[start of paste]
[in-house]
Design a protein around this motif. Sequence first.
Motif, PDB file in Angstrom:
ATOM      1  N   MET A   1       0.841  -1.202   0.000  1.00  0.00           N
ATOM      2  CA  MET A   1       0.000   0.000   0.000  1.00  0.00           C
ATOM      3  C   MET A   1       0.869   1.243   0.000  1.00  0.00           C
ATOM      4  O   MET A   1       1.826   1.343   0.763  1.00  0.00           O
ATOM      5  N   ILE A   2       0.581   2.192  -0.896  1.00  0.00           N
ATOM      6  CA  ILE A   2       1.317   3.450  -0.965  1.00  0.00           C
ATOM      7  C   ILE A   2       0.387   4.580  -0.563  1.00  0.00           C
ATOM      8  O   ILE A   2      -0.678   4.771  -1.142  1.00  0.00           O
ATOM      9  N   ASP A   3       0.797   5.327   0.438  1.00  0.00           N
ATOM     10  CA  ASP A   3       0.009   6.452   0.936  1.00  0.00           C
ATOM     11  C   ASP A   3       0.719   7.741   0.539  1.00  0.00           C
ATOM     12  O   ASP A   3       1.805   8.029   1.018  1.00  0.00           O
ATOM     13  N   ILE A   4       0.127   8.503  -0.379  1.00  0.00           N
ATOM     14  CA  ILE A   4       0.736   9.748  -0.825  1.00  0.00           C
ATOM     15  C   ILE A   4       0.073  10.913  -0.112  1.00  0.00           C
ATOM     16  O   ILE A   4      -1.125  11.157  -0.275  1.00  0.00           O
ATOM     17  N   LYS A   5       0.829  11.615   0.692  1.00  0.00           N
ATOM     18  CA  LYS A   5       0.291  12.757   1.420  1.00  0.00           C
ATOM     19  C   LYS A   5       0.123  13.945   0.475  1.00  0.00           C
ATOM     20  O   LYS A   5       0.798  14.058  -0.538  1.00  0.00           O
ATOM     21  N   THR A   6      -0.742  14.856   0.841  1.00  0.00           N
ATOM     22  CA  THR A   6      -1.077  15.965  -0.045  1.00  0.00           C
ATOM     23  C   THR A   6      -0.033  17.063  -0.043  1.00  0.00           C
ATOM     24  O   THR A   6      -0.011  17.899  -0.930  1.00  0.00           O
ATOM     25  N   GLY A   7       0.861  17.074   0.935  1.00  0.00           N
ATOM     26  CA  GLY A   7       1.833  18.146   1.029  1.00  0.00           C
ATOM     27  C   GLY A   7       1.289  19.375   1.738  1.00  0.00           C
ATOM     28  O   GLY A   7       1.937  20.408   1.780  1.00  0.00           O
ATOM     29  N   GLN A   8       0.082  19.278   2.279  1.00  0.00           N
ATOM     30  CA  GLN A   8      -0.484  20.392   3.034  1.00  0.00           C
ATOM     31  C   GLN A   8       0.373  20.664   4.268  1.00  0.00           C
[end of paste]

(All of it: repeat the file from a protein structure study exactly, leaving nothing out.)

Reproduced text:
[in-house]
Design a protein around this motif. Sequence first.
Motif, PDB file in Angstrom:
ATOM      1  N   MET A   1       0.841  -1.202   0.000  1.00  0.00           N
ATOM      2  CA  MET A   1       0.000   0.000   0.000  1.00  0.00           C
ATOM      3  C   MET A   1       0.869   1.243   0.000  1.00  0.00           C
ATOM      4  O   MET A   1       1.826   1.343   0.763  1.00  0.00           O
ATOM      5  N   ILE A   2       0.581   2.192  -0.896  1.00  0.00           N
ATOM      6  CA  ILE A   2       1.317   3.450  -0.965  1.00  0.00           C
ATOM      7  C   ILE A   2       0.387   4.580  -0.563  1.00  0.00           C
ATOM      8  O   ILE A   2      -0.678   4.771  -1.142  1.00  0.00           O
ATOM      9  N   ASP A   3       0.797   5.327   0.438  1.00  0.00           N
ATOM     10  CA  ASP A   3       0.009   6.452   0.936  1.00  0.00           C
ATOM     11  C   ASP A   3       0.719   7.741   0.539  1.00  0.00           C
ATOM     12  O   ASP A   3       1.805   8.029   1.018  1.00  0.00           O
ATOM     13  N   ILE A   4       0.127   8.503  -0.379  1.00  0.00           N
ATOM     14  CA  ILE A   4       0.736   9.748  -0.825  1.00  0.00           C
ATOM     15  C   ILE A   4       0.073  10.913  -0.112  1.00  0.00           C
ATOM     16  O   ILE A   4      -1.125  11.157  -0.275  1.00  0.00           O
ATOM     17  N   LYS A   5       0.829  11.615   0.692  1.00  0.00           N
ATOM     18  CA  LYS A   5       0.291  12.757   1.420  1.00  0.00           C
ATOM     19  C   LYS A   5       0.123  13.945   0.475  1.00  0.00           C
ATOM     20  O   LYS A   5       0.798  14.058  -0.538  1.00  0.00           O
ATOM     21  N   THR A   6      -0.742  14.856   0.841  1.00  0.00           N
ATOM     22  CA  THR A   6      -1.077  15.965  -0.045  1.00  0.00           C
ATOM     23  C   THR A   6      -0.033  17.063  -0.043  1.00  0.00           C
ATOM     24  O   THR A   6      -0.011  17.899  -0.930  1.00  0.00           O
ATOM     25  N   GLY A   7       0.861  17.074   0.935  1.00  0.00           N
ATOM     26  CA  GLY A   7       1.833  18.146   1.029  1.00  0.00           C
ATOM     27  C   GLY A   7       1.289  19.375   1.738  1.00  0.00           C
ATOM     28  O   GLY A   7       1.937  20.408   1.780  1.00  0.00           O
ATOM     29  N   GLN A   8       0.082  19.278   2.279  1.00  0.00           N
ATOM     30  CA  GLN A   8      -0.484  20.392   3.034  1.00  0.00           C
ATOM     31  C   GLN A   8       0.373  20.664   4.268  1.00  0.00           C